I have now seen this for the second or third time:
Syncthing suddenly just not running anymore.
This time i checked: sudo service syncthing@sync status
With this output:
● firstname.lastname@example.org - Syncthing - Open Source Continuous File Synchronization for sync
Loaded: loaded (/lib/systemd/system/syncthing@.service; enabled)
Active: inactive (dead) since Mo 2018-04-09 00:14:26 UTC; 10h ago
Process: 4304 ExecStart=/usr/bin/syncthing -no-browser -no-restart -logflags=0 (code=killed, signal=PIPE)
Main PID: 4304 (code=killed, signal=PIPE)
In the journal there was no error message at the end.
What could be causing this?
I have one suspect:
I have one folder which is VERY big (more than a million files, >100GB).
I have seen this before, that while scanning this folder syncthing stopped working. My guess would be that there is some kind of is-alive-check of the system to verify that the service is still running, but probably when the scan takes too long it is not responding or not generating a heartbeat or whatever triggers the is-alive-check. Thus the service is killed.
When i paused this particular folder the service survived.
When i first paused it until al other folders were scanned (after restart) and then activated it, syncthing would also survive.
Anyway … it seems connected. (But of course this could be coincidence as well …)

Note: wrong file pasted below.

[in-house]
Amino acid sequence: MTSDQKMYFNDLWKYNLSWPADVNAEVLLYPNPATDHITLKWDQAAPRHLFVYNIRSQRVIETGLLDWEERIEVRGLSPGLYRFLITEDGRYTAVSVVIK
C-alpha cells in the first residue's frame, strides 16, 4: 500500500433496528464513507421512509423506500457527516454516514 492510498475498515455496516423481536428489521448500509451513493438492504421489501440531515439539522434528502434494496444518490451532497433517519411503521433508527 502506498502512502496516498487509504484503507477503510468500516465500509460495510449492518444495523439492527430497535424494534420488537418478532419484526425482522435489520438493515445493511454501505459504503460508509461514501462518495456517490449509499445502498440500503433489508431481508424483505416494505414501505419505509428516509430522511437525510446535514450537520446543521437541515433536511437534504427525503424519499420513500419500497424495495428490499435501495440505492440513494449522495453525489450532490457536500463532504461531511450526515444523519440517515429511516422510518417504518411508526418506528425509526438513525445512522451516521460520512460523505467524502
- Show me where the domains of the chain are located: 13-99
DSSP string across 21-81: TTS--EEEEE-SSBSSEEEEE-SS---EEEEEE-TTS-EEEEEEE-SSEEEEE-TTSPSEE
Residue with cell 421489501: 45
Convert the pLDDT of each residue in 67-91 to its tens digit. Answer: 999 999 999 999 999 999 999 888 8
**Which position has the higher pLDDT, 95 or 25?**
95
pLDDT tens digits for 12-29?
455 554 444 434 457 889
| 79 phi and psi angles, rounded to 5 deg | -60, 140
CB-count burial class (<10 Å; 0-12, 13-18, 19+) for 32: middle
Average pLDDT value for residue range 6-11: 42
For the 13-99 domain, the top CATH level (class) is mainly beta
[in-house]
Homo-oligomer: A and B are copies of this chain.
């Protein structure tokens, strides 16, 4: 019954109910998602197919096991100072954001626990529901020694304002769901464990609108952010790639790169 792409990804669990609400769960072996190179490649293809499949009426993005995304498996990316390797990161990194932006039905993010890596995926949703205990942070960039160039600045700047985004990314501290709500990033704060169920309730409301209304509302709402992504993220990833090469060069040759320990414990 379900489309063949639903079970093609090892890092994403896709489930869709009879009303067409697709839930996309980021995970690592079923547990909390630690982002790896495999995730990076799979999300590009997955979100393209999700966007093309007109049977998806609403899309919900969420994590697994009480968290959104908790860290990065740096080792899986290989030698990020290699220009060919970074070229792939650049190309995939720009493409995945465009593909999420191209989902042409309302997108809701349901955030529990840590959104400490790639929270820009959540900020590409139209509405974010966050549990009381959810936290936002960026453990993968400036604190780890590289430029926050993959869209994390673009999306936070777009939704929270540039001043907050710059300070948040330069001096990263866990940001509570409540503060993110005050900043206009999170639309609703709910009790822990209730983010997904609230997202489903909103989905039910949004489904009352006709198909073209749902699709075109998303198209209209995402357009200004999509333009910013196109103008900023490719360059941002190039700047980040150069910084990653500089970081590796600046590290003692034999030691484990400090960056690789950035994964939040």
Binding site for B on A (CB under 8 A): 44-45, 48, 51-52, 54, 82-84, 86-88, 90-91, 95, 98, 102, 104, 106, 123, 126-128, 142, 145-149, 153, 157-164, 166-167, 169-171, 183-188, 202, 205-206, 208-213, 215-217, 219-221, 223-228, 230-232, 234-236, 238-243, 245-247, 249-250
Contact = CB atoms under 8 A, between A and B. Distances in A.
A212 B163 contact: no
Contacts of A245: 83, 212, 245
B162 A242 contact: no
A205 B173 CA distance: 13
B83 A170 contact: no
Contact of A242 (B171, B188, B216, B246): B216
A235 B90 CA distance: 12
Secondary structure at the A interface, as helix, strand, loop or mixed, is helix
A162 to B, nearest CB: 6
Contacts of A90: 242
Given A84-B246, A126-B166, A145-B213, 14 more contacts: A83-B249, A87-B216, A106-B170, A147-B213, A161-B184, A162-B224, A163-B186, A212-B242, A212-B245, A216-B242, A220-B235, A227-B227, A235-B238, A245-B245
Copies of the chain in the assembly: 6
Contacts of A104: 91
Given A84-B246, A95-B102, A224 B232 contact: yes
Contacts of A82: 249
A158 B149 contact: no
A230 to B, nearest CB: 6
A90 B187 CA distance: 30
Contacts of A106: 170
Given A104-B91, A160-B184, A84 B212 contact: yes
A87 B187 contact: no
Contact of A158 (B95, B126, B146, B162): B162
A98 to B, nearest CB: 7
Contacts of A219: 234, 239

I actually had a similar problem with the 32bit dev-build (from another ticket) on my windows machine this morning. There was a popup from windows saying syncthing had a memory problem. Didn’t think about it more though. But synchting was using almost 1GB of RAM at that time.
Could you add a proper error-message in that case so it’s easy to understand?
Is there any way to work around this? I mean the machine is 32bit with low RAM, can’t change that. Maybe could you optimize / reduce the memory-usage?
If it dies due to failure to allocate there is a very verbose panic message, I just it just wasn’t captured by systemd or you didn’t see it. If it gets killed by Linux due to OOM, there is no chance to emit a message. The dmesg log will have a message from the kernel about it.
Generally speaking it’s fairly optimized as is. The known exceptions are very large files (which soon will be better with variable block size) and large folders where a lot has changed (because all of the changed files get queued).
[998745.207835] Out of memory: Kill process 21850 (syncthing) score 826 or sacrifice child
[998745.207975] Killed process 21850 (syncthing) total-vm:1340936kB, anon-rss:856940kB, file-rss:0kB, shmem-rss:0k
Would it make sense to use a disk-spilling queue in both scanner and puller? Scanner is a bit more problematic as we store a file info (without block though), not just file name. It seems pretty doable to use an adjusted version of the index sorter for this. It’s not the nicest solution considering the disk io discussions going on, but better than OOM crashes and short of walking the folders twice, I don’t see a possibility to have progress updates without intermediately storing files to be processed. I’d definitely propose to use some heuristic criterion for spilling, not a fixed max size, to prevent spilling on systems that can take the memory spike.